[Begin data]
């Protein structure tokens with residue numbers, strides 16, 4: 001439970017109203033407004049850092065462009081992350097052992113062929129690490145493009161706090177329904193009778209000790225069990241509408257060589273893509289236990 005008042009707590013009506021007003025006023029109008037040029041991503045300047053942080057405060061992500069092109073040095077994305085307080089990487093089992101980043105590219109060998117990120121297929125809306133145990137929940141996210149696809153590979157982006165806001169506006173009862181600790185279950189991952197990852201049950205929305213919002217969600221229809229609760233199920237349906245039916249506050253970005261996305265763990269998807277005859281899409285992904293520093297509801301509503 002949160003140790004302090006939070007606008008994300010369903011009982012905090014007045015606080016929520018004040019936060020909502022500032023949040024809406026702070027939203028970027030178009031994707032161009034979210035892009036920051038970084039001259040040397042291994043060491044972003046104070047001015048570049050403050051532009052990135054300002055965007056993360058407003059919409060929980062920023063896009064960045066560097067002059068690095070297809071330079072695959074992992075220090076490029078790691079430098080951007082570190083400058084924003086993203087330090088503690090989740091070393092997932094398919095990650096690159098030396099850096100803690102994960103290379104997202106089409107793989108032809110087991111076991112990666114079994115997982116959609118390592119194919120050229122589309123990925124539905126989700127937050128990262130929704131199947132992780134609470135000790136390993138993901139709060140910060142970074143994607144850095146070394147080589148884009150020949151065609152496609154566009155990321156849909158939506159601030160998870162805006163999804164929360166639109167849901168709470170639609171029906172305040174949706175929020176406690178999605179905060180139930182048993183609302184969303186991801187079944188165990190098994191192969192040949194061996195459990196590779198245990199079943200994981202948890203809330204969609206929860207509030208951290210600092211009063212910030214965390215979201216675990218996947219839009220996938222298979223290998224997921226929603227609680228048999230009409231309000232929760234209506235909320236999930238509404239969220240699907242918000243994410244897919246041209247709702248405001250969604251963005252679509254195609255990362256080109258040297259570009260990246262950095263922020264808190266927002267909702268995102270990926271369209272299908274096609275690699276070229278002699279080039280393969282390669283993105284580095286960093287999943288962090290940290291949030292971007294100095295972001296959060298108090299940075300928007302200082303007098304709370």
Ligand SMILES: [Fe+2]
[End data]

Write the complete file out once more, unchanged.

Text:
């Protein structure tokens with residue numbers, strides 16, 4: 001439970017109203033407004049850092065462009081992350097052992113062929129690490145493009161706090177329904193009778209000790225069990241509408257060589273893509289236990 005008042009707590013009506021007003025006023029109008037040029041991503045300047053942080057405060061992500069092109073040095077994305085307080089990487093089992101980043105590219109060998117990120121297929125809306133145990137929940141996210149696809153590979157982006165806001169506006173009862181600790185279950189991952197990852201049950205929305213919002217969600221229809229609760233199920237349906245039916249506050253970005261996305265763990269998807277005859281899409285992904293520093297509801301509503 002949160003140790004302090006939070007606008008994300010369903011009982012905090014007045015606080016929520018004040019936060020909502022500032023949040024809406026702070027939203028970027030178009031994707032161009034979210035892009036920051038970084039001259040040397042291994043060491044972003046104070047001015048570049050403050051532009052990135054300002055965007056993360058407003059919409060929980062920023063896009064960045066560097067002059068690095070297809071330079072695959074992992075220090076490029078790691079430098080951007082570190083400058084924003086993203087330090088503690090989740091070393092997932094398919095990650096690159098030396099850096100803690102994960103290379104997202106089409107793989108032809110087991111076991112990666114079994115997982116959609118390592119194919120050229122589309123990925124539905126989700127937050128990262130929704131199947132992780134609470135000790136390993138993901139709060140910060142970074143994607144850095146070394147080589148884009150020949151065609152496609154566009155990321156849909158939506159601030160998870162805006163999804164929360166639109167849901168709470170639609171029906172305040174949706175929020176406690178999605179905060180139930182048993183609302184969303186991801187079944188165990190098994191192969192040949194061996195459990196590779198245990199079943200994981202948890203809330204969609206929860207509030208951290210600092211009063212910030214965390215979201216675990218996947219839009220996938222298979223290998224997921226929603227609680228048999230009409231309000232929760234209506235909320236999930238509404239969220240699907242918000243994410244897919246041209247709702248405001250969604251963005252679509254195609255990362256080109258040297259570009260990246262950095263922020264808190266927002267909702268995102270990926271369209272299908274096609275690699276070229278002699279080039280393969282390669283993105284580095286960093287999943288962090290940290291949030292971007294100095295972001296959060298108090299940075300928007302200082303007098304709370």
Ligand SMILES: [Fe+2]